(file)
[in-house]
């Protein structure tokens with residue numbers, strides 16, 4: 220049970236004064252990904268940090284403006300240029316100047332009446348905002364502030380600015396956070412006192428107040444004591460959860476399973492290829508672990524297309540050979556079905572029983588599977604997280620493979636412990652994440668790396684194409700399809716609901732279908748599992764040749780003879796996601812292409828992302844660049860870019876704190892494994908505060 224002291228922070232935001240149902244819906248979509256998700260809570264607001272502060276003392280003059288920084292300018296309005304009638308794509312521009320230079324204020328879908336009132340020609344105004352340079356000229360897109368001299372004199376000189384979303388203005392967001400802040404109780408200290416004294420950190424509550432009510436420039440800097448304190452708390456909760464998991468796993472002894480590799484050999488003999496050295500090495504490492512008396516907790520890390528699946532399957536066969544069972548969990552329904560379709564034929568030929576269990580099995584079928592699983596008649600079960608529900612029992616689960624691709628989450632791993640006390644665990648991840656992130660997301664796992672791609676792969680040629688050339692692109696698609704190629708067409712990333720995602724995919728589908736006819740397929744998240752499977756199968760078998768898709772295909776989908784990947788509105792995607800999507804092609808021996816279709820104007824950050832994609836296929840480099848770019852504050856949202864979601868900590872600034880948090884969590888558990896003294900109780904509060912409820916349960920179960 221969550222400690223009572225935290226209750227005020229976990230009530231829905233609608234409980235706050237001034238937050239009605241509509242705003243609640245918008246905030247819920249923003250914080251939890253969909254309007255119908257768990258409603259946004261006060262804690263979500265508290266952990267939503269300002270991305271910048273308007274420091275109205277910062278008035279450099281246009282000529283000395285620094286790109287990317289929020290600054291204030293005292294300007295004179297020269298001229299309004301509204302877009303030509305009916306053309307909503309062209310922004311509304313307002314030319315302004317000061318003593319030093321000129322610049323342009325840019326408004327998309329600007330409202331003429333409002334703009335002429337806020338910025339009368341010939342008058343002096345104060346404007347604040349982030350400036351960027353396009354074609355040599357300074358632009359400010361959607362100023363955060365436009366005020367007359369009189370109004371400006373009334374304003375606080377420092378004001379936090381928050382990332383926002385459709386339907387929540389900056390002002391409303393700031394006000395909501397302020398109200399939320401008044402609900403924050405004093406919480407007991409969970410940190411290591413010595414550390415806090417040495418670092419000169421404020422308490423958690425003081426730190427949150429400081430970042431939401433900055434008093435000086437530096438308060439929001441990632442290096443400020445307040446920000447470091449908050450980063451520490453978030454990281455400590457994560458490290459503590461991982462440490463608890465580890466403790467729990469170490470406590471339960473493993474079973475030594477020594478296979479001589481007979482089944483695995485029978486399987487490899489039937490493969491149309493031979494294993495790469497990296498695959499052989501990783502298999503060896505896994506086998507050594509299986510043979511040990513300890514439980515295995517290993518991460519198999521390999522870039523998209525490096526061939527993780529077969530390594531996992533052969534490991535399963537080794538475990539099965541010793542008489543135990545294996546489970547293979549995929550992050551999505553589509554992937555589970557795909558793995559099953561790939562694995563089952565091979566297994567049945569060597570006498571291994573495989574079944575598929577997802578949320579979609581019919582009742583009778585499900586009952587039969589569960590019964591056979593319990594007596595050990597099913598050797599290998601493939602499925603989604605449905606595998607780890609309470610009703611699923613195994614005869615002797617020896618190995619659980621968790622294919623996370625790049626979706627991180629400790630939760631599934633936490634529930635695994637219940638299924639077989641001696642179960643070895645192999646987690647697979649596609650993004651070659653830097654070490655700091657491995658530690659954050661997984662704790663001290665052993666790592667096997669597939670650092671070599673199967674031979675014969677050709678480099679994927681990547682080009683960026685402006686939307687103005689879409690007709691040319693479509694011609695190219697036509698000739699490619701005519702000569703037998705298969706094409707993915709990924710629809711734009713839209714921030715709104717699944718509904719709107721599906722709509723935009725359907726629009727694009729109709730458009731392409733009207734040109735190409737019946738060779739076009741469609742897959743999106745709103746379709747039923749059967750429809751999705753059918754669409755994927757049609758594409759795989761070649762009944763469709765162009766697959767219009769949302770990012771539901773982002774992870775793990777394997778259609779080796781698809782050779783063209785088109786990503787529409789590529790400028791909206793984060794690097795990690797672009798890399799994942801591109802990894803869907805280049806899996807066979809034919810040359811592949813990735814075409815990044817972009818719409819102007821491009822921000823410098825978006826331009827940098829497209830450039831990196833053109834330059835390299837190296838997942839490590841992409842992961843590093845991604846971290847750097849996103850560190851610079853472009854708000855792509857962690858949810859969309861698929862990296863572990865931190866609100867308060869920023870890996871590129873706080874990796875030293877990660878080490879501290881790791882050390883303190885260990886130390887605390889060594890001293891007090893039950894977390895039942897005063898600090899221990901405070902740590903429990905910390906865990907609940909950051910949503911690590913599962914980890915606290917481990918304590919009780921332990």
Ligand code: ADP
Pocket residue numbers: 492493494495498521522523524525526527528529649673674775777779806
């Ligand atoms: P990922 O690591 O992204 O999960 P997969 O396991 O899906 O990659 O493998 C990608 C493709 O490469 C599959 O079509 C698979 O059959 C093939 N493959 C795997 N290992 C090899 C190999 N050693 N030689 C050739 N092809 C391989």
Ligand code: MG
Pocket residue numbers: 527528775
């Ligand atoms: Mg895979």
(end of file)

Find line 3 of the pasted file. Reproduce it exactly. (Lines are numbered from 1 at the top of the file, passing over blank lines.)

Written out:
Ligand code: ADP